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Archive for August, 2008

Youtube isn’t merely a source for music videos, trailers, and the most recent internet phenomenon. It is also an excellent source for instructional videos of all sorts. You can learn everything from martial arts moves to how to tie a Double Windsor knot in your tie. I run the Knitting Circle here at the Fremont Main library. (Third Wednesday of every month. Bring your project and join us!) So, today I was doing a bit of searching on Youtube on the topics of knitting and crochet. Unfortunately, most of the videos I discovered don’t allow embedding, so you’ll have to follow the links below to watch the video of your choice.

Try Something New:

* How to Crochet Basics – Chain Stitch for Left-Handers

* How to Crochet for Beginners : How to Make a Crochet Chain Stitch

* How to Knit for Beginners : How to Cast On in Knitting

* How to Knit for Beginners : How to Make the Basic Knit Stitch

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13 Vampire Books

Thursday Thirteen #34
Well, It’s been an eventful week. I finally started the Twilight series and I was in a car accident over the weekend. (These two events are not in any way related, though, in case you are curious.) So, while I’m stuck at home recovering I thought I’d offer you a list of 13 Vampire books, in honor of my new favorite series. Do you have a favorite book with a vampire character? Please tell me about it. I’m always looking for new vampire books.

They vant to suck your blood:
1. Dracula by Bram Stoker – The classic. This book is largely seen as the grand-daddy of the entire genre.

2. Interview with the Vampire by Anne Rice – This book may not have been the sole one responsible for the resurgence of interest in the genre, but it certainly had a huge influence. I loved this book in High School, but I never read further than book three in the series.

3. Twilight by Stephenie Meyer – Complete and total book crack. I finished reading it on Thursday, and faced with waiting until Saturday for book two, what did I do? I read it again on Friday. I admit it. I’m addicted. Unfortunately, I have to wait until I go back to work to get ahold of book three.

4. Fledgling by Octavia E. Butler – This book is on this list by special request from my boss who adores it. It’s a good thing that we have it at the library, as it looks like it’s going on my hold list.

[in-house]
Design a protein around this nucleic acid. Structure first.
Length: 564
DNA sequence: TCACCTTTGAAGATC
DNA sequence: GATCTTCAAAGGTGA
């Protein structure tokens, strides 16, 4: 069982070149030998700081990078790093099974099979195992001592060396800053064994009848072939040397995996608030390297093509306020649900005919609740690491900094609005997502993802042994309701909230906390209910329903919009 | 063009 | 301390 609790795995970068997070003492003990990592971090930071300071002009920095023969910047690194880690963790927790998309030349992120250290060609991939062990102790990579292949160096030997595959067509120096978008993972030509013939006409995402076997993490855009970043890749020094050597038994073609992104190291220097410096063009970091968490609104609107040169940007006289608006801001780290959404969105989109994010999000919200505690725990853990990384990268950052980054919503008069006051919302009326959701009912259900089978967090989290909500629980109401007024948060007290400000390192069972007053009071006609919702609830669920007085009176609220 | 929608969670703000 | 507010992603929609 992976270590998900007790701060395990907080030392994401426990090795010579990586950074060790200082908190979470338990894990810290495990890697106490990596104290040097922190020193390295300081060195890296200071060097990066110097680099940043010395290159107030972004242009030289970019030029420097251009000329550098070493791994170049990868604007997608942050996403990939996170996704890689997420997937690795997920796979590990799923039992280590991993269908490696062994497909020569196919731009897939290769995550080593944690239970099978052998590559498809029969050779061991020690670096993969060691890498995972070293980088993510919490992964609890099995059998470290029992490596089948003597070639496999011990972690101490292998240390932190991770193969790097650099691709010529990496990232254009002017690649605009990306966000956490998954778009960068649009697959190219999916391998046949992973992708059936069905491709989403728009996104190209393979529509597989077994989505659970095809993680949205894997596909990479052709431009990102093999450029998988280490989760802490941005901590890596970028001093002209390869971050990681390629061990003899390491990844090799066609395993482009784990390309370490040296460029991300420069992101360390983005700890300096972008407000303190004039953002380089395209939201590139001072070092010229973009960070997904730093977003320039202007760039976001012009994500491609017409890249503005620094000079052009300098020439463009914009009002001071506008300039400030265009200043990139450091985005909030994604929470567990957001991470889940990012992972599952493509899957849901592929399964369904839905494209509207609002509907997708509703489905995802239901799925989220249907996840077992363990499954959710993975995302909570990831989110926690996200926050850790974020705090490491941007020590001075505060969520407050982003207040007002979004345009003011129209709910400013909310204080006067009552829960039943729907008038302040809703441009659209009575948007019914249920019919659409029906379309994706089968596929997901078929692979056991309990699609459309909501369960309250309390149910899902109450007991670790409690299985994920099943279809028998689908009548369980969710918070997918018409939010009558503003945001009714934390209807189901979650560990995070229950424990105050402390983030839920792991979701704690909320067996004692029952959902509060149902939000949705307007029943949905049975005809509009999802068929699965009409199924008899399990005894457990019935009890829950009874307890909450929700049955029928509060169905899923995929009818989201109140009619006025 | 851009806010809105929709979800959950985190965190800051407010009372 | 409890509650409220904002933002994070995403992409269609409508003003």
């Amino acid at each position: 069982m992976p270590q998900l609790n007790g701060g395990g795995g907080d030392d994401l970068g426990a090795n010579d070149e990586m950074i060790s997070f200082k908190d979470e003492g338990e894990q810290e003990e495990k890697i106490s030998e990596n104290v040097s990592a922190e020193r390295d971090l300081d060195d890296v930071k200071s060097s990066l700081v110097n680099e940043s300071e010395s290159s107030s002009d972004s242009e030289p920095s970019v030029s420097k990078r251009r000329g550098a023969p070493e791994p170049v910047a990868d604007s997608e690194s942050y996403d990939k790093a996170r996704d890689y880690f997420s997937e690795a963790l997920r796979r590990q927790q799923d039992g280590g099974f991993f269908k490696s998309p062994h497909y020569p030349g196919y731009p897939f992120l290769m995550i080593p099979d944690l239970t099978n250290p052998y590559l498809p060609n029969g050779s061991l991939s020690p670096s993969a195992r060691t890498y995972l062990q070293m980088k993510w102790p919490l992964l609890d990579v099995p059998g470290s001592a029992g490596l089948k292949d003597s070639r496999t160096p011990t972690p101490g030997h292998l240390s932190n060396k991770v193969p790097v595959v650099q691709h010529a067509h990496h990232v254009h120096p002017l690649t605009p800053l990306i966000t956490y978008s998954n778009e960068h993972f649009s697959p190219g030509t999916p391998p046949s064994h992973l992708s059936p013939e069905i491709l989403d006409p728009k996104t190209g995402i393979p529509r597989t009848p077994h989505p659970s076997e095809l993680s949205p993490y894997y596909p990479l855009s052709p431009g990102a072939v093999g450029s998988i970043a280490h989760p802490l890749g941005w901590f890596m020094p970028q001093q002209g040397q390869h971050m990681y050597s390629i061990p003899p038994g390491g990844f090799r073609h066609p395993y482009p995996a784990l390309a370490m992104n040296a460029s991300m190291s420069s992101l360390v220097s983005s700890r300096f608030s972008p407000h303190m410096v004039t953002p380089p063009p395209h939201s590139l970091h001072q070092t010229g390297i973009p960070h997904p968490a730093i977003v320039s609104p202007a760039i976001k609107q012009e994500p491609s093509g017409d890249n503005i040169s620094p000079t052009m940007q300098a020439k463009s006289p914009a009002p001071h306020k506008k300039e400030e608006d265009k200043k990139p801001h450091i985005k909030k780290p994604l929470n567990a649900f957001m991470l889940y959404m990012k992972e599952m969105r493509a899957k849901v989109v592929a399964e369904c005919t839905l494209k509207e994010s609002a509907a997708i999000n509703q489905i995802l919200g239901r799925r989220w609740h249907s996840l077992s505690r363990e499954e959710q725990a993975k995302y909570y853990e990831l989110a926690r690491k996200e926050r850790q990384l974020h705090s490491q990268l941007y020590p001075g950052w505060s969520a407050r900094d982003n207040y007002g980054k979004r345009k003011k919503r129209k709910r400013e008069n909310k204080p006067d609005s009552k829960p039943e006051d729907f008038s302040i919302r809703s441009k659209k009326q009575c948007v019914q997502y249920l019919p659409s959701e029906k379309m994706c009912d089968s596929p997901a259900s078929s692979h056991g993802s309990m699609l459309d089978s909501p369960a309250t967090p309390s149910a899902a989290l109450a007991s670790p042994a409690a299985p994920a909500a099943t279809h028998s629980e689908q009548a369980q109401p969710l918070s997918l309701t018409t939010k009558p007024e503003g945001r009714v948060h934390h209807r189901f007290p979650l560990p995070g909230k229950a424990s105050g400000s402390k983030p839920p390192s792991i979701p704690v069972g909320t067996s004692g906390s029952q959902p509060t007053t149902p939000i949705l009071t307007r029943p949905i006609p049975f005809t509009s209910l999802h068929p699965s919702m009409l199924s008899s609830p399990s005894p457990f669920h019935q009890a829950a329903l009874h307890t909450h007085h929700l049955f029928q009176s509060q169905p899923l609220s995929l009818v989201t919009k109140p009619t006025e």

5. Guilty Pleasures by Laurell K. Hamilton – As this series progresses it becomes more and more about sex. What character did I read up through Obsidian Butterfly for, though? Not Anita Blake, although she is also quite interesting. Nope. It’s all about my favorite psychopath, Edward. Sometimes I wonder about me.

6. Bloodlist by P. N. Elrod – Set during a time of gangsters and nightclubs, this book features a vampire who is also a detective. I highly recommend the first six books of the series.

7. Vampire High by Douglas Rees – What is this normal human doing at a High School populated by vampires? Why…to be on the Water Polo team, of course! Vlad Dracul Magnet School needs a water polo team, after all.

8. Bloodwalk by Lee Killough – Bloodwalk is actually two books in one about a police officer who investigates something a bit too closely, and ends up becoming a vampire. How can he balance his old life and his new life?

9. Blood Price by Tanya Huff – This series was recently made into a TV Show. The show was okay, but the books were better.

10. The Silver Kiss by Annette Curtis Klause – A melancholy story about a young woman, her dying mother, and a vampire.

11. Companions of the Night by Vivian Vande Velde – If Kerry Nowicki hadn’t hd to go back to the landromat int he middle of the night to retrieve her little brother’s stuffed bear, she would never have met Ethan…and discovered that vampires exist.

12. In the Forests of the Night by Amelia Atwater-Rhodes – This is the first book that Ms. Atwater-Rhodes had published. Let’s just say that in her world, Vampires aren’t the only non-humans out there.